This is little more than blaming the victim.
A state judge is expected to rule next week on whether the school finance system is broken, but lawmakers aren’t anywhere near ready to launch repairs.
Instead, Republican leaders plan to wait for an appeal and a final Texas Supreme Court ruling so they know exactly what they are forced to do.
In a twist, some of their rhetoric seems to suggest school districts have only themselves to blame for the postponement of hopes of restoring funds cut back from education two years ago.
The delay in acting is business-as-usual for the Legislature, which as an institution typically waits as education funding problems get bad enough to prompt a lawsuit by school districts. Then lawmakers wait some more, until the state’s highest court outlines the parameters of the mess they must fix.
Senate Finance Chairman Tommy Williams, R-The Woodlands, said at a hearing last week that lawmakers should pay attention to those who want funding restored for key education programs.
But Williams also stressed the need to weigh that against other education-related funding demands, and he repeated his belief that the ongoing lawsuit makes it difficult for lawmakers to put in additional money for anything other than enrollment growth.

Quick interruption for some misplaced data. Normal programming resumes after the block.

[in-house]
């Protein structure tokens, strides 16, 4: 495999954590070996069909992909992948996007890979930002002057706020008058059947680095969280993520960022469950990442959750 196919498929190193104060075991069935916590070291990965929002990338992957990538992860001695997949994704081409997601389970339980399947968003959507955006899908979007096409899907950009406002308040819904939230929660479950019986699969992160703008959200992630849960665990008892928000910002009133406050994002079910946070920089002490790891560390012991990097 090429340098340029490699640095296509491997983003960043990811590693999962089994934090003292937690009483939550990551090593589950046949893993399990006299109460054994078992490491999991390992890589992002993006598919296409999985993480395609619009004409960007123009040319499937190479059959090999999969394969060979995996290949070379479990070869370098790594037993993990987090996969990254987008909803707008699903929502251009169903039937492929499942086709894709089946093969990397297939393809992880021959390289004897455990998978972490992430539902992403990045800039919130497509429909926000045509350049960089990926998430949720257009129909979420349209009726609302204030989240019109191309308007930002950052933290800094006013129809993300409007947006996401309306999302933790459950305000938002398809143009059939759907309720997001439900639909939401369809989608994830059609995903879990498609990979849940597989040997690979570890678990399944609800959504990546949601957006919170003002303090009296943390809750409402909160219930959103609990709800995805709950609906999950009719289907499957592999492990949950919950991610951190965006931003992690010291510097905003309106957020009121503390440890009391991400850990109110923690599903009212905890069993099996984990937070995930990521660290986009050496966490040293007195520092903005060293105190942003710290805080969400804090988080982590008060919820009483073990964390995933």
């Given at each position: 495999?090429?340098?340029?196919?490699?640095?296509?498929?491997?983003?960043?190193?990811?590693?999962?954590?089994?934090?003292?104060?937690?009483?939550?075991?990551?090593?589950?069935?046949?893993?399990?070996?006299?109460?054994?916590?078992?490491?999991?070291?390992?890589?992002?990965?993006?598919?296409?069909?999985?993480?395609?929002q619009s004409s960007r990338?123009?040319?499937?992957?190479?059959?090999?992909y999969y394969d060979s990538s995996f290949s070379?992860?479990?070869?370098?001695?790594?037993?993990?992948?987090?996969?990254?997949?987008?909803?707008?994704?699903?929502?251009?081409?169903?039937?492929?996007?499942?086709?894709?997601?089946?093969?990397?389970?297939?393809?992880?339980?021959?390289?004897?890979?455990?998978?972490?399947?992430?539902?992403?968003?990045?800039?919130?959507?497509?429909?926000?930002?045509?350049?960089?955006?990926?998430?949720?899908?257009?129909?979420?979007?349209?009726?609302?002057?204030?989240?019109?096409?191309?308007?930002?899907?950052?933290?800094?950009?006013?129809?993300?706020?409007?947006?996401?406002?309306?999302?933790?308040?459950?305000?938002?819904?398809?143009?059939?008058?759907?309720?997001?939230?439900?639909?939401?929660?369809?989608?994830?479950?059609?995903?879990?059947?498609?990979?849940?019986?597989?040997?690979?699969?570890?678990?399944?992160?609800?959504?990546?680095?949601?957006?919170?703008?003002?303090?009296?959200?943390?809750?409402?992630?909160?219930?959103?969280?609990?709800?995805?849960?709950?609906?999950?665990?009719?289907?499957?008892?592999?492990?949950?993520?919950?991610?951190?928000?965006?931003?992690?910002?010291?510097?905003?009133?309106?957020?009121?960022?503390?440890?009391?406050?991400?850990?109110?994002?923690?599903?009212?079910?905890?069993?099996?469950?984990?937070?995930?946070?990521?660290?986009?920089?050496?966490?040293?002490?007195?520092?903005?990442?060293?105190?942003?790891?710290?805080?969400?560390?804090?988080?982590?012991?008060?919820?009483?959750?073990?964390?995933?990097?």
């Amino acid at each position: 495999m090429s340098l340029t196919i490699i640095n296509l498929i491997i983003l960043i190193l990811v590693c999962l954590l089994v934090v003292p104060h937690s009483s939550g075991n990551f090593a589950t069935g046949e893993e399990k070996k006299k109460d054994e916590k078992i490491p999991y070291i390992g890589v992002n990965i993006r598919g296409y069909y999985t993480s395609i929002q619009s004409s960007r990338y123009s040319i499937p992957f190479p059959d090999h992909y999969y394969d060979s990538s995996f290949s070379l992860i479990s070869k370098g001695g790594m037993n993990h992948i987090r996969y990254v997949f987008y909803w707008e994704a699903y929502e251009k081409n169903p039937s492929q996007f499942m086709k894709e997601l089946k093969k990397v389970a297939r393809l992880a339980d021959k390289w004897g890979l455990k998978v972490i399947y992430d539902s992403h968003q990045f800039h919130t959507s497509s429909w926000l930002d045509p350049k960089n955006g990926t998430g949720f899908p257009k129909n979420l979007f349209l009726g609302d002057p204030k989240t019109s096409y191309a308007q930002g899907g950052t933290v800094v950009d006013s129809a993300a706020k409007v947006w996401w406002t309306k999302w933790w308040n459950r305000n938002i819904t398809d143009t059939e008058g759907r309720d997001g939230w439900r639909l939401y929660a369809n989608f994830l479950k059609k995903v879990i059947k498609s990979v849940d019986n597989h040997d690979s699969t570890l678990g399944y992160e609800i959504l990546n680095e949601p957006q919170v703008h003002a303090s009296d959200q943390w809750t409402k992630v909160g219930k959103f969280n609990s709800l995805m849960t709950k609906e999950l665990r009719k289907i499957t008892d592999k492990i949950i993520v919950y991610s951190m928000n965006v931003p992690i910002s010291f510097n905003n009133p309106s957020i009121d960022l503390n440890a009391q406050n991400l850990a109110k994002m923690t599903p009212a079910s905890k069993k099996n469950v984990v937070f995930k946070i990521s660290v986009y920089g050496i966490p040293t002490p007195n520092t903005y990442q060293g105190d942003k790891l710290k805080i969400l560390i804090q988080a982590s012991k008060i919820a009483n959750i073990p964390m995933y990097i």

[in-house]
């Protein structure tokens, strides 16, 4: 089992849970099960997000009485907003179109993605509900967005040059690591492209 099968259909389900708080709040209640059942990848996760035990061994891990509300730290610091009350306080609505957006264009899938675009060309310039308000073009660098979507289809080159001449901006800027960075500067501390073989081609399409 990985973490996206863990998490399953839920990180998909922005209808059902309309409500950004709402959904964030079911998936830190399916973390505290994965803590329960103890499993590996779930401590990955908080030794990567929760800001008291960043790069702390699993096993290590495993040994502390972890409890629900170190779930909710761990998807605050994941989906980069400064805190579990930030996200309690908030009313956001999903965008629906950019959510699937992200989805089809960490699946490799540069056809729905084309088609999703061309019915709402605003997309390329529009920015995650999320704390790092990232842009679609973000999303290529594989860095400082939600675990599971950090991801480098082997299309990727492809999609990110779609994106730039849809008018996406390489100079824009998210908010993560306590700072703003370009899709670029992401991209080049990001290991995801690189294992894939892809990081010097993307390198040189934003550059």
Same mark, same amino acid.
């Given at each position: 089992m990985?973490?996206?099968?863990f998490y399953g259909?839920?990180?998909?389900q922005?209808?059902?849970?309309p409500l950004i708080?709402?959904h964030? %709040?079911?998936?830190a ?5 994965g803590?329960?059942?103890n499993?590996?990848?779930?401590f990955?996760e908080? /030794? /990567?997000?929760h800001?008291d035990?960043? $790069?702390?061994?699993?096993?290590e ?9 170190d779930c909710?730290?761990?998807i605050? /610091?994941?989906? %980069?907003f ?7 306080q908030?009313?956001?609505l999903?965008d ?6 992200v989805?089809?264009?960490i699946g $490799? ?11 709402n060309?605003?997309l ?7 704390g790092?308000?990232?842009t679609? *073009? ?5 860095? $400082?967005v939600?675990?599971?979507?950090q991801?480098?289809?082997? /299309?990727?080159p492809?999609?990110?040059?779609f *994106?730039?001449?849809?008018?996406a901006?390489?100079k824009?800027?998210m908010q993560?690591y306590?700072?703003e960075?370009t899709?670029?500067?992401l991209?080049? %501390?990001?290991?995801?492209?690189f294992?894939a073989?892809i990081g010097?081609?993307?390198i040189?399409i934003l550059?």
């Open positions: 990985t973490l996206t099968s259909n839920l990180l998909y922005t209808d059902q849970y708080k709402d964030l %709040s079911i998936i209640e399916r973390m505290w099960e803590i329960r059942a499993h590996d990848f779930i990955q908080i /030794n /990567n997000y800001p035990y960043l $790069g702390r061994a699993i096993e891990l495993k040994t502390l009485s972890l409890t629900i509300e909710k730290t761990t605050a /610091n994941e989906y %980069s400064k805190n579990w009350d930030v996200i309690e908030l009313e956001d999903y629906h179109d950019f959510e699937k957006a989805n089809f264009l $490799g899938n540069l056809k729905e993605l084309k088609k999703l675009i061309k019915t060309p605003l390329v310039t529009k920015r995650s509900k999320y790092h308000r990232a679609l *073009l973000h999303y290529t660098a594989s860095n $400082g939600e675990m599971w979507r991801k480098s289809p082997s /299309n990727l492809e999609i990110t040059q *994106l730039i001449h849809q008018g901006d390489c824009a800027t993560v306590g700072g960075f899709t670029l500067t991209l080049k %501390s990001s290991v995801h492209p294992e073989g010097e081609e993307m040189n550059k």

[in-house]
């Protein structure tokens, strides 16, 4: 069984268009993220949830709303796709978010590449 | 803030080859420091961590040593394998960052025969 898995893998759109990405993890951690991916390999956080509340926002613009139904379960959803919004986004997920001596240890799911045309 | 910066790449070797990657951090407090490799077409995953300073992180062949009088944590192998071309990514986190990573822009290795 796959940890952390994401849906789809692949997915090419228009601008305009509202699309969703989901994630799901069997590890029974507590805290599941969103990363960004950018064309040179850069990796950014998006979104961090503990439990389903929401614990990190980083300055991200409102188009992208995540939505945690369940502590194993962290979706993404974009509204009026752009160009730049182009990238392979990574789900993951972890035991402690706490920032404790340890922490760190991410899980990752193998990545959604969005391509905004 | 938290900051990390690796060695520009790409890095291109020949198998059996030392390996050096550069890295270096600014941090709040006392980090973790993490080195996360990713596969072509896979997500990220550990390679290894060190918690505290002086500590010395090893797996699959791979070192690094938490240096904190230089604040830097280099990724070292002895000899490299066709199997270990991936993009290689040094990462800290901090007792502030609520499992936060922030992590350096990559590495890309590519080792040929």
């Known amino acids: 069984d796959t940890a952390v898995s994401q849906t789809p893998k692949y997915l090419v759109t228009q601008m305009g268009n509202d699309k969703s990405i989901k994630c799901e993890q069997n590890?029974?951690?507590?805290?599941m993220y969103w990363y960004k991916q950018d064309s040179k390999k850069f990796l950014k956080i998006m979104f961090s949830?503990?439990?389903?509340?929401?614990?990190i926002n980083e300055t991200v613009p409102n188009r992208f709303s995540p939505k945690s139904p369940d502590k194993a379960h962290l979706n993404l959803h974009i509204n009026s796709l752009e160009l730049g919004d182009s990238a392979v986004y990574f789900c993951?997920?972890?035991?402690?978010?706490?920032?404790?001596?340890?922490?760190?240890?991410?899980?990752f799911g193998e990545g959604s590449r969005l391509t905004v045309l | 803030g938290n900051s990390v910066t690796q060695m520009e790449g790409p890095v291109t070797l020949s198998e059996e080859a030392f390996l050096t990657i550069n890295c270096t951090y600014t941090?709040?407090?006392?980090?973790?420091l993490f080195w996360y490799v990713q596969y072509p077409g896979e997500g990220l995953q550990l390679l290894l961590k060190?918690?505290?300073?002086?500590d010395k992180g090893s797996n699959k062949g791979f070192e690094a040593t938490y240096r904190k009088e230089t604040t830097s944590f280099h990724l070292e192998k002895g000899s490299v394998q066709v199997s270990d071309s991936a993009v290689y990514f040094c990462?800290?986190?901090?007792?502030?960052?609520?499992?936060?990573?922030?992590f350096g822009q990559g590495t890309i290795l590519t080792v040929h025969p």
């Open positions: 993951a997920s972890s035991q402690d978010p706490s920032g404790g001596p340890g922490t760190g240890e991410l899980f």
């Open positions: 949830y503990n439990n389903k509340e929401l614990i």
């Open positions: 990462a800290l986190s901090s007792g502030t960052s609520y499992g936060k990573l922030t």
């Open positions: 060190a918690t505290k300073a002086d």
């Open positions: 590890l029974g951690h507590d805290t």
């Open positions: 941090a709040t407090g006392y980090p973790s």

He also seemed to suggest that school districts used the courthouse as an alternative to discussion, odd to those who remember quite a school funding debate in the 2011 legislative session.
“I wish the school districts would sit down and talk to us,” Williams said. “It really ties our hands when they file a lawsuit.”
Please. There was plenty of talk two years ago when the Lege slashed $5.4 billion from public education. How much did you or your colleagues listen then, Tommy? It’s only now that the schools may have the upper hand that the Legislature is talking about the importance of having a dialog. Well, it’s too late now, but I’m sure after Judge Dietz issues his ruling next week there will be opportunity anew for discussion. Let’s not waste it then.